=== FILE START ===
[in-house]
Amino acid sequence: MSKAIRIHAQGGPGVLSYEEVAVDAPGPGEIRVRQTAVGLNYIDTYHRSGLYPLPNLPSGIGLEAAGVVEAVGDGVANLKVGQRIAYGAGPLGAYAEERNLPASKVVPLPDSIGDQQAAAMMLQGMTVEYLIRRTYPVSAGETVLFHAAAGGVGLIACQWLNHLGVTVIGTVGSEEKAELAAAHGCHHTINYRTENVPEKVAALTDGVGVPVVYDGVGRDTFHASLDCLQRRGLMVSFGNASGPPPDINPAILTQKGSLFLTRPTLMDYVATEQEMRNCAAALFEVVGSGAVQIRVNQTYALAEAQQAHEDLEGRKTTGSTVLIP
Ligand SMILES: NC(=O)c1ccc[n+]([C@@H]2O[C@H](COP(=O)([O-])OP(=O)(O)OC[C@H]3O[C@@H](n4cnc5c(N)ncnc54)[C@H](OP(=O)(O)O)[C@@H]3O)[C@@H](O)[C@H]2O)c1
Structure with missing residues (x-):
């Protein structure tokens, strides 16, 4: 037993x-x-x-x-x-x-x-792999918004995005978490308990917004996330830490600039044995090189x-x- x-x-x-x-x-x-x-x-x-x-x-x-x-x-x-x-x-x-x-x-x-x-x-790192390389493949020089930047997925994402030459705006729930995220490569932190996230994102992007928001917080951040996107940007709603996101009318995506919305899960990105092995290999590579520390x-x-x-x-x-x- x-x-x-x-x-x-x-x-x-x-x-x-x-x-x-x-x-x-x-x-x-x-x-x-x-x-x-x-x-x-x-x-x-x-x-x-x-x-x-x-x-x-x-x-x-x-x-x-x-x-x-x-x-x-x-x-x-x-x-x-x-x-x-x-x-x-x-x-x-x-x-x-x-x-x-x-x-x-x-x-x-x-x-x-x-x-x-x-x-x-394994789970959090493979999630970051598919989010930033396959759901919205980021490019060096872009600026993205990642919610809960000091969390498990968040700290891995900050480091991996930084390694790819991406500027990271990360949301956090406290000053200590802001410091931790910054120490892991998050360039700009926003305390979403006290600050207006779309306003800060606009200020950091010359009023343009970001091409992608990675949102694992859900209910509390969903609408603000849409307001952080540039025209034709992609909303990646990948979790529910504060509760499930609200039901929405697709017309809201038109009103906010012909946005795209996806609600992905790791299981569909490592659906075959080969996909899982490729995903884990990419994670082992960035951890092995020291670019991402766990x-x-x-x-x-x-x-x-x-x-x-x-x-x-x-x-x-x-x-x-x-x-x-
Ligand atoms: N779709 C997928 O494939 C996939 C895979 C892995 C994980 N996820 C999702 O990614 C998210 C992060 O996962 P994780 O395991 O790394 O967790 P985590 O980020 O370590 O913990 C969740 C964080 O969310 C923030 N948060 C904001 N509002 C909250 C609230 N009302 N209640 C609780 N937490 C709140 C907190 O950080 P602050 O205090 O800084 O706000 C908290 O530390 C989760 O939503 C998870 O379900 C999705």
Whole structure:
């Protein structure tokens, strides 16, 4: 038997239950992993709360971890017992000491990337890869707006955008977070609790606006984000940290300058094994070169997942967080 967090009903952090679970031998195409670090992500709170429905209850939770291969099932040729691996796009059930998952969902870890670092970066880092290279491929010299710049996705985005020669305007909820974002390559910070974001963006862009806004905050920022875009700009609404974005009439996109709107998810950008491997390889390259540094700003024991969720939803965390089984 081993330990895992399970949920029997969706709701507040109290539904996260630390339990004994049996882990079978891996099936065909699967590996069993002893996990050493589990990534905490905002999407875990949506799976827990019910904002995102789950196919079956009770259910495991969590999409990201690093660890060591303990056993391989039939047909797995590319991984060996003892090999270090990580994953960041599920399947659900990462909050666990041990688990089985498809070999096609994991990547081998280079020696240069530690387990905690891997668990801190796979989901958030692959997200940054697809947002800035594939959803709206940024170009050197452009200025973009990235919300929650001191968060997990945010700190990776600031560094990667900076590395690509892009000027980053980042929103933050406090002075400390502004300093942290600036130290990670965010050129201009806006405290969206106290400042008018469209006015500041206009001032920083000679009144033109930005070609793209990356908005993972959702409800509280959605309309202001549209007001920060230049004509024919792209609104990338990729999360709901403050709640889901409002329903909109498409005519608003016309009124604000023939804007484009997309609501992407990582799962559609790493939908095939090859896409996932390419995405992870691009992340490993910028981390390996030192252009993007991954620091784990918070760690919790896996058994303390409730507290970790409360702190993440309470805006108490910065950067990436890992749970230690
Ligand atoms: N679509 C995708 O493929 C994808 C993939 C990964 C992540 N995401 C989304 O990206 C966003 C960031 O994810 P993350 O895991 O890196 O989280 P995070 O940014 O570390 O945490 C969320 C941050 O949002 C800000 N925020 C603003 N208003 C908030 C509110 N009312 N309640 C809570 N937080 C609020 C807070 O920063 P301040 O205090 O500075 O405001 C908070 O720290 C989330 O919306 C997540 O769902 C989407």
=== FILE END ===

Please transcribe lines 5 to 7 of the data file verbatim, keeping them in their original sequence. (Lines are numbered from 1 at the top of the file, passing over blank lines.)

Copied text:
């Protein structure tokens, strides 16, 4: 037993x-x-x-x-x-x-x-792999918004995005978490308990917004996330830490600039044995090189x-x- x-x-x-x-x-x-x-x-x-x-x-x-x-x-x-x-x-x-x-x-x-x-x-790192390389493949020089930047997925994402030459705006729930995220490569932190996230994102992007928001917080951040996107940007709603996101009318995506919305899960990105092995290999590579520390x-x-x-x-x-x- x-x-x-x-x-x-x-x-x-x-x-x-x-x-x-x-x-x-x-x-x-x-x-x-x-x-x-x-x-x-x-x-x-x-x-x-x-x-x-x-x-x-x-x-x-x-x-x-x-x-x-x-x-x-x-x-x-x-x-x-x-x-x-x-x-x-x-x-x-x-x-x-x-x-x-x-x-x-x-x-x-x-x-x-x-x-x-x-x-x-394994789970959090493979999630970051598919989010930033396959759901919205980021490019060096872009600026993205990642919610809960000091969390498990968040700290891995900050480091991996930084390694790819991406500027990271990360949301956090406290000053200590802001410091931790910054120490892991998050360039700009926003305390979403006290600050207006779309306003800060606009200020950091010359009023343009970001091409992608990675949102694992859900209910509390969903609408603000849409307001952080540039025209034709992609909303990646990948979790529910504060509760499930609200039901929405697709017309809201038109009103906010012909946005795209996806609600992905790791299981569909490592659906075959080969996909899982490729995903884990990419994670082992960035951890092995020291670019991402766990x-x-x-x-x-x-x-x-x-x-x-x-x-x-x-x-x-x-x-x-x-x-x-
Ligand atoms: N779709 C997928 O494939 C996939 C895979 C892995 C994980 N996820 C999702 O990614 C998210 C992060 O996962 P994780 O395991 O790394 O967790 P985590 O980020 O370590 O913990 C969740 C964080 O969310 C923030 N948060 C904001 N509002 C909250 C609230 N009302 N209640 C609780 N937490 C709140 C907190 O950080 P602050 O205090 O800084 O706000 C908290 O530390 C989760 O939503 C998870 O379900 C999705």
Whole structure: